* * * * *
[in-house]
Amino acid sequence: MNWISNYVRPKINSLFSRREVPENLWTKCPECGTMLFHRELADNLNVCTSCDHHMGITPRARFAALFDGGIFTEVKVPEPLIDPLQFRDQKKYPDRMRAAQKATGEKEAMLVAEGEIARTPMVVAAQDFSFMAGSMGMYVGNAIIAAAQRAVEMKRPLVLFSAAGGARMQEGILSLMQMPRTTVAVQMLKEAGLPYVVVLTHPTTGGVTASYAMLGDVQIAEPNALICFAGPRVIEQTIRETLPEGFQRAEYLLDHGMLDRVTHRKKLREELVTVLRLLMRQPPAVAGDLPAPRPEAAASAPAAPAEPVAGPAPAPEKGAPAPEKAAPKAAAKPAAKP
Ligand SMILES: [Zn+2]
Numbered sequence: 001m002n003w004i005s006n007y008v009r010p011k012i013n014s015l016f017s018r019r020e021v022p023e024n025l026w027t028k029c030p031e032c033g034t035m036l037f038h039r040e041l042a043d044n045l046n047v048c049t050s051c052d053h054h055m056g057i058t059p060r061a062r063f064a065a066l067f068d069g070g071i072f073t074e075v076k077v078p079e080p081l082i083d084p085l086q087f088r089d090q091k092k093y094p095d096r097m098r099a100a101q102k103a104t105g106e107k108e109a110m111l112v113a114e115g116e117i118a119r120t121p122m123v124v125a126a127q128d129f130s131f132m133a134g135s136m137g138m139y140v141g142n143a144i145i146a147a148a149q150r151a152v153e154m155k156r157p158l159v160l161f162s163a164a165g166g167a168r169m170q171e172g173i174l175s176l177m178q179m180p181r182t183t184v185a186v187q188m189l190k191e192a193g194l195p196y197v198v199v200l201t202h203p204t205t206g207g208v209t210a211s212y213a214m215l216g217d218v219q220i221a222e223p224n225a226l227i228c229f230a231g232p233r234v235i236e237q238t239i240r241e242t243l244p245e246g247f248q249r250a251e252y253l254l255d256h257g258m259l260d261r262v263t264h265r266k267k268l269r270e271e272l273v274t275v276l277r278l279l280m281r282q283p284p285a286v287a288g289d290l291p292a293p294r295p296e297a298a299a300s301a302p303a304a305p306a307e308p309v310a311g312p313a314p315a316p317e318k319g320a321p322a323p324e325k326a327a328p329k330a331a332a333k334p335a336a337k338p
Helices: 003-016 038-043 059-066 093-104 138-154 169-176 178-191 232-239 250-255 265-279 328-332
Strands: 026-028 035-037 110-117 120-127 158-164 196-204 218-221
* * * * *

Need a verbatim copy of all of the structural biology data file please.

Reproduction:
[in-house]
Amino acid sequence: MNWISNYVRPKINSLFSRREVPENLWTKCPECGTMLFHRELADNLNVCTSCDHHMGITPRARFAALFDGGIFTEVKVPEPLIDPLQFRDQKKYPDRMRAAQKATGEKEAMLVAEGEIARTPMVVAAQDFSFMAGSMGMYVGNAIIAAAQRAVEMKRPLVLFSAAGGARMQEGILSLMQMPRTTVAVQMLKEAGLPYVVVLTHPTTGGVTASYAMLGDVQIAEPNALICFAGPRVIEQTIRETLPEGFQRAEYLLDHGMLDRVTHRKKLREELVTVLRLLMRQPPAVAGDLPAPRPEAAASAPAAPAEPVAGPAPAPEKGAPAPEKAAPKAAAKPAAKP
Ligand SMILES: [Zn+2]
Numbered sequence: 001m002n003w004i005s006n007y008v009r010p011k012i013n014s015l016f017s018r019r020e021v022p023e024n025l026w027t028k029c030p031e032c033g034t035m036l037f038h039r040e041l042a043d044n045l046n047v048c049t050s051c052d053h054h055m056g057i058t059p060r061a062r063f064a065a066l067f068d069g070g071i072f073t074e075v076k077v078p079e080p081l082i083d084p085l086q087f088r089d090q091k092k093y094p095d096r097m098r099a100a101q102k103a104t105g106e107k108e109a110m111l112v113a114e115g116e117i118a119r120t121p122m123v124v125a126a127q128d129f130s131f132m133a134g135s136m137g138m139y140v141g142n143a144i145i146a147a148a149q150r151a152v153e154m155k156r157p158l159v160l161f162s163a164a165g166g167a168r169m170q171e172g173i174l175s176l177m178q179m180p181r182t183t184v185a186v187q188m189l190k191e192a193g194l195p196y197v198v199v200l201t202h203p204t205t206g207g208v209t210a211s212y213a214m215l216g217d218v219q220i221a222e223p224n225a226l227i228c229f230a231g232p233r234v235i236e237q238t239i240r241e242t243l244p245e246g247f248q249r250a251e252y253l254l255d256h257g258m259l260d261r262v263t264h265r266k267k268l269r270e271e272l273v274t275v276l277r278l279l280m281r282q283p284p285a286v287a288g289d290l291p292a293p294r295p296e297a298a299a300s301a302p303a304a305p306a307e308p309v310a311g312p313a314p315a316p317e318k319g320a321p322a323p324e325k326a327a328p329k330a331a332a333k334p335a336a337k338p
Helices: 003-016 038-043 059-066 093-104 138-154 169-176 178-191 232-239 250-255 265-279 328-332
Strands: 026-028 035-037 110-117 120-127 158-164 196-204 218-221